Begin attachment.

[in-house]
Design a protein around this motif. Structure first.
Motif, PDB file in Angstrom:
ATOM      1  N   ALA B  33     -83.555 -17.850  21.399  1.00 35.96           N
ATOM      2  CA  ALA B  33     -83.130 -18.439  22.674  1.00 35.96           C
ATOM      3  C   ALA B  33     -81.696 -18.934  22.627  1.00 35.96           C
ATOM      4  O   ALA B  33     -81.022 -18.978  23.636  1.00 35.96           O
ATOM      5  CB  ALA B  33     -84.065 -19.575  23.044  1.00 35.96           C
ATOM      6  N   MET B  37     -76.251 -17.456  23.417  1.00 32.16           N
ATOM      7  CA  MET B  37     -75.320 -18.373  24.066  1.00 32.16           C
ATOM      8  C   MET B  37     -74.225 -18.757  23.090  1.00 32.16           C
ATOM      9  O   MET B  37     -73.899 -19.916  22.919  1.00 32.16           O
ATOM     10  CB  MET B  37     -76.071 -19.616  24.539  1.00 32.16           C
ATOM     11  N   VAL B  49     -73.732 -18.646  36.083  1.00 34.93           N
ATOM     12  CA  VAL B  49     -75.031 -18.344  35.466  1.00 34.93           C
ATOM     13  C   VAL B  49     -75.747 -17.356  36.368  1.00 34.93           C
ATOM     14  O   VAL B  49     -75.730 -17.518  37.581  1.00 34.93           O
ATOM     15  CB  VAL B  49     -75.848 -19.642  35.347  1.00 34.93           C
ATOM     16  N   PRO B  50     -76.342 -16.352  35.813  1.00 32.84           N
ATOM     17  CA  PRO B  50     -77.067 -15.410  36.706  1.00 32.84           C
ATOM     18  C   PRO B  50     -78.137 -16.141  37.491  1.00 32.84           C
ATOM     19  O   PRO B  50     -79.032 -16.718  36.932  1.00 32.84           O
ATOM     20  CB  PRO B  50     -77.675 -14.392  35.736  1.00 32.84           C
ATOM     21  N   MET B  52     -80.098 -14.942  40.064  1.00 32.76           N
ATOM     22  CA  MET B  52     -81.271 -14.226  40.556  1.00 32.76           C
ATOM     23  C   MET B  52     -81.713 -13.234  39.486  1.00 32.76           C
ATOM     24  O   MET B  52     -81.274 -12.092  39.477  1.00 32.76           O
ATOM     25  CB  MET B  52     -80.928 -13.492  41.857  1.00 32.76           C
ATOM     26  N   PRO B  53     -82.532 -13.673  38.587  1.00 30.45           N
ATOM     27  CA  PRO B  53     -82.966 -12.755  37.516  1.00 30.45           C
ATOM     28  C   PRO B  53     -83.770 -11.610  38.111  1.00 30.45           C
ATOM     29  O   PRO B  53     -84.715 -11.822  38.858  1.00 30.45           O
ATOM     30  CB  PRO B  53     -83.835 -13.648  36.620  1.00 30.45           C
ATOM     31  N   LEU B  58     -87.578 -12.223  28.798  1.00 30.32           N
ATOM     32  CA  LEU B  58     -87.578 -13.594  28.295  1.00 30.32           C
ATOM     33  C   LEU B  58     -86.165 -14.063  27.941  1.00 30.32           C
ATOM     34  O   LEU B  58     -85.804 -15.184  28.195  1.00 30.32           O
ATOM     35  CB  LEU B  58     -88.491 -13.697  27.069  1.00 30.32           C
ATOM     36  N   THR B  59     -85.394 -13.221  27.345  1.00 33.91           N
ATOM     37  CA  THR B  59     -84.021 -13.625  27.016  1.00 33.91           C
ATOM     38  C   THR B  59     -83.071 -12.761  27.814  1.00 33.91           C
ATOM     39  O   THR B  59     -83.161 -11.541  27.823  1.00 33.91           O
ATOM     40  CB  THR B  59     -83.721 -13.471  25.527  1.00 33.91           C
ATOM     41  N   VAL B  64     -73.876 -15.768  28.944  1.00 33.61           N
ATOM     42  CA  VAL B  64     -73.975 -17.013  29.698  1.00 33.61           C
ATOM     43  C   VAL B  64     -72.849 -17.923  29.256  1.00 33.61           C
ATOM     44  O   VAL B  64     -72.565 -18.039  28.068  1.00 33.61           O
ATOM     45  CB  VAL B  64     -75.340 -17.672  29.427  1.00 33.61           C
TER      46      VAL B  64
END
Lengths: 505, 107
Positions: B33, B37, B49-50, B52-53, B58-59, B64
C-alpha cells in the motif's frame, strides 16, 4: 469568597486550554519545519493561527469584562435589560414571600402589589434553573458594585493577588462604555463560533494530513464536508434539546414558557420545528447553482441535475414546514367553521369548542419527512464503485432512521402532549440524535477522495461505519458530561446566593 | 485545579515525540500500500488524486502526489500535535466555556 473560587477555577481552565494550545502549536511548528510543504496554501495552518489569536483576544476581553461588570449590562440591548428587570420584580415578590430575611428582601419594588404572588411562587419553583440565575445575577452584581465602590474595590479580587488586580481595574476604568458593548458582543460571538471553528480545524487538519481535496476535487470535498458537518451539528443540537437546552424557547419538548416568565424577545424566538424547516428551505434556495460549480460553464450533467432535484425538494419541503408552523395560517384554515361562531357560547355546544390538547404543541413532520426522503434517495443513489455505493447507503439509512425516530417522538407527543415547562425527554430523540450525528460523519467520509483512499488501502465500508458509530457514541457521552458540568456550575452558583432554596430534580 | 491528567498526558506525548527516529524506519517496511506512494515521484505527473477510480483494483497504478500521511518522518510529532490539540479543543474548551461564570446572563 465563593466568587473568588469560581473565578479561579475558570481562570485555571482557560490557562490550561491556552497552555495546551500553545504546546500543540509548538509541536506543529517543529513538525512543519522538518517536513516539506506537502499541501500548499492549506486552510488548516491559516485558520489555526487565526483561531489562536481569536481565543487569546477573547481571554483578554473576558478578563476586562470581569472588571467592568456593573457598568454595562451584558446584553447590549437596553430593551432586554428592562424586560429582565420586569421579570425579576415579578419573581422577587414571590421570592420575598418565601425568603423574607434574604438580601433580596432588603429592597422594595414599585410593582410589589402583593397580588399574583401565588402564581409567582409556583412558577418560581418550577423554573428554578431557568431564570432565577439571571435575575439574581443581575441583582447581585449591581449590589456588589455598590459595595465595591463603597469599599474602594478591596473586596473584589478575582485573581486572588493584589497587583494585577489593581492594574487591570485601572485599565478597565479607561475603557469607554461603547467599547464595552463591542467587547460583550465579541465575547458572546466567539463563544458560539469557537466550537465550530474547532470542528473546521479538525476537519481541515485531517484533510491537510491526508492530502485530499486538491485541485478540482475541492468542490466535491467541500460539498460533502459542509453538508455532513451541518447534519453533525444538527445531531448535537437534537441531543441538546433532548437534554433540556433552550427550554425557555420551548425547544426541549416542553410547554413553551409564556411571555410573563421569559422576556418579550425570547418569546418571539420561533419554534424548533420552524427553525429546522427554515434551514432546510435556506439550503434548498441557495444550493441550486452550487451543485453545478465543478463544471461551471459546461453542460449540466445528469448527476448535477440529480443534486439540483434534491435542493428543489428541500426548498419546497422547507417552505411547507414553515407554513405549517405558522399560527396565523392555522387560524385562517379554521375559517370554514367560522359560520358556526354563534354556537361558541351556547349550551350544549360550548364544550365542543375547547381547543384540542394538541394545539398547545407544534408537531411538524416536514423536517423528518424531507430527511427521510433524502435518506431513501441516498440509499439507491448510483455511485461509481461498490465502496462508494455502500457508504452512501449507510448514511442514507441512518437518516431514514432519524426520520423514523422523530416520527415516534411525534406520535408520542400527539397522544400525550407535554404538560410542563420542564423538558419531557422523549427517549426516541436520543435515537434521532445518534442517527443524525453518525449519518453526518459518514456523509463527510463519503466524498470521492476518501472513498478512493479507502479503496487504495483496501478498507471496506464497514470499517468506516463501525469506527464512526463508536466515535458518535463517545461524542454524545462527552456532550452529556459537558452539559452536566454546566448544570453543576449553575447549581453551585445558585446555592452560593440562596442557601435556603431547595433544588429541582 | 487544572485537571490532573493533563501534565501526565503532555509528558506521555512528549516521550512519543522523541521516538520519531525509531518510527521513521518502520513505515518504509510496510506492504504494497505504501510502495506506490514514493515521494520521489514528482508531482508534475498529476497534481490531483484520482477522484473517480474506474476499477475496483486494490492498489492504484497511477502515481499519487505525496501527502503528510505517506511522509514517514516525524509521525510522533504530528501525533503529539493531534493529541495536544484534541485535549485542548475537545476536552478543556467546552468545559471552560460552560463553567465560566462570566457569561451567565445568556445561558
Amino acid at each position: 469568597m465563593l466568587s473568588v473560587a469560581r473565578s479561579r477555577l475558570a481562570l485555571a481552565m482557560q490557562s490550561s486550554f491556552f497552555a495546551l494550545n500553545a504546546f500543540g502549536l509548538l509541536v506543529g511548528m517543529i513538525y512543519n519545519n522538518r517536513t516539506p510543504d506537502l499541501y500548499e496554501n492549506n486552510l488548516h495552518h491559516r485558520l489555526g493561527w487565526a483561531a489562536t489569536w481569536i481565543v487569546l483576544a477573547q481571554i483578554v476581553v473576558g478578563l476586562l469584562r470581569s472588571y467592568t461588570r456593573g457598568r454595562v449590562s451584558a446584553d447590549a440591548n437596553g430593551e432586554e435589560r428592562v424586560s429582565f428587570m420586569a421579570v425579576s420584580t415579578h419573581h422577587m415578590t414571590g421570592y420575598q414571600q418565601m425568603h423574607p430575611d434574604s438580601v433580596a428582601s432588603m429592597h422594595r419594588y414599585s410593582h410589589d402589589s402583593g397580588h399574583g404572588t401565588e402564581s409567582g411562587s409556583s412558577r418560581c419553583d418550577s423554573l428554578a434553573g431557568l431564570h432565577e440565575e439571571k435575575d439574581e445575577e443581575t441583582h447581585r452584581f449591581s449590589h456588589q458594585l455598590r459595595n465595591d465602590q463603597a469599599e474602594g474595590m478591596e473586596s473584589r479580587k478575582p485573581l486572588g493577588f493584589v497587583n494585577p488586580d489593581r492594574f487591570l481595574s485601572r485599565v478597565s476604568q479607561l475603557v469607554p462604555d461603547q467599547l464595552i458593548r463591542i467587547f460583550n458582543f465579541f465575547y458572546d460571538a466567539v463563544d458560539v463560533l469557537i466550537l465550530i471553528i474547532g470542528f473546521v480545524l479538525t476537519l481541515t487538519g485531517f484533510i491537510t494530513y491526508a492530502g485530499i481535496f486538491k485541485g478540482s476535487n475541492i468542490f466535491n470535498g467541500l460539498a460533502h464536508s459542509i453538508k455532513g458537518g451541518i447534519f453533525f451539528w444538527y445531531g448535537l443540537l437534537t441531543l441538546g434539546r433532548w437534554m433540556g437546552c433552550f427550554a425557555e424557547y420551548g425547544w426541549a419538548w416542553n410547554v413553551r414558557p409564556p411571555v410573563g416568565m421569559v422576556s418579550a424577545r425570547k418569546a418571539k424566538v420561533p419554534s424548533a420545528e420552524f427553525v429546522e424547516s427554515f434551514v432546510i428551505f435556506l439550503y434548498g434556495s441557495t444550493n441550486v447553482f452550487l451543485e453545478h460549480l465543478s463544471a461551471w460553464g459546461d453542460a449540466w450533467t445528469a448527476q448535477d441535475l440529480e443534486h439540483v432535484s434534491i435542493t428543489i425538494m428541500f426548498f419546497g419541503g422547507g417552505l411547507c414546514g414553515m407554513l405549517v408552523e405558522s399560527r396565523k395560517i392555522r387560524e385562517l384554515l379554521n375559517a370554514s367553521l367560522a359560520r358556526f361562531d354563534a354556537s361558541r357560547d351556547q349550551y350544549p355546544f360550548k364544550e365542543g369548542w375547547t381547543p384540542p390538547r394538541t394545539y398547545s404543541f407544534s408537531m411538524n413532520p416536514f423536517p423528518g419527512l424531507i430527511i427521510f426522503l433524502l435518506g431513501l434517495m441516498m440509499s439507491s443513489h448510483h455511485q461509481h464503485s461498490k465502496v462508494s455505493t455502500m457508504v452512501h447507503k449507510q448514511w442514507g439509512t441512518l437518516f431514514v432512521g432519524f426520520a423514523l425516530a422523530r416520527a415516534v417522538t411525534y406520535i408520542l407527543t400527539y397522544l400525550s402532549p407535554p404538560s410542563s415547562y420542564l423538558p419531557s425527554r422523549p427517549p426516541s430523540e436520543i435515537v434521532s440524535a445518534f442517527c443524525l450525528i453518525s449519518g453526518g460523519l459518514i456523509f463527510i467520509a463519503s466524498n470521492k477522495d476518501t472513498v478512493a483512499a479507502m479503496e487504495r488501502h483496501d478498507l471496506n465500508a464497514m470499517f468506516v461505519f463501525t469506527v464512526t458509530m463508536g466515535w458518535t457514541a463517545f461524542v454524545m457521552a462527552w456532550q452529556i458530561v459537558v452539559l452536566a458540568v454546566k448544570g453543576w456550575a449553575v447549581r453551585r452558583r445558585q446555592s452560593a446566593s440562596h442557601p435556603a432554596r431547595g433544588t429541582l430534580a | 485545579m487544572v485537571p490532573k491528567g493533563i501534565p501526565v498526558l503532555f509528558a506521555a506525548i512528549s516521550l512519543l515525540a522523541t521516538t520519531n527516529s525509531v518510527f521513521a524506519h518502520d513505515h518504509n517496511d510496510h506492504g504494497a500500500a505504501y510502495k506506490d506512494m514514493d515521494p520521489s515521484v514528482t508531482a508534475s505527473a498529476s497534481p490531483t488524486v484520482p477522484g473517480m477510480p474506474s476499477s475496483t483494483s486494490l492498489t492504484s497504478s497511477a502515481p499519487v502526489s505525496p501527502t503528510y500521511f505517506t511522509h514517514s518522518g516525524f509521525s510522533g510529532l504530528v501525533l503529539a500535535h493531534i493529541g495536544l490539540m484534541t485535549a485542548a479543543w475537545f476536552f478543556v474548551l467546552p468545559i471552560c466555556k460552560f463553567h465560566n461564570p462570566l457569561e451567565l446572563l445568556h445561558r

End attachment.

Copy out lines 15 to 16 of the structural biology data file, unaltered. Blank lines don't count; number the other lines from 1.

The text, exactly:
ATOM     12  CA  VAL B  49     -75.031 -18.344  35.466  1.00 34.93           C
ATOM     13  C   VAL B  49     -75.747 -17.356  36.368  1.00 34.93           C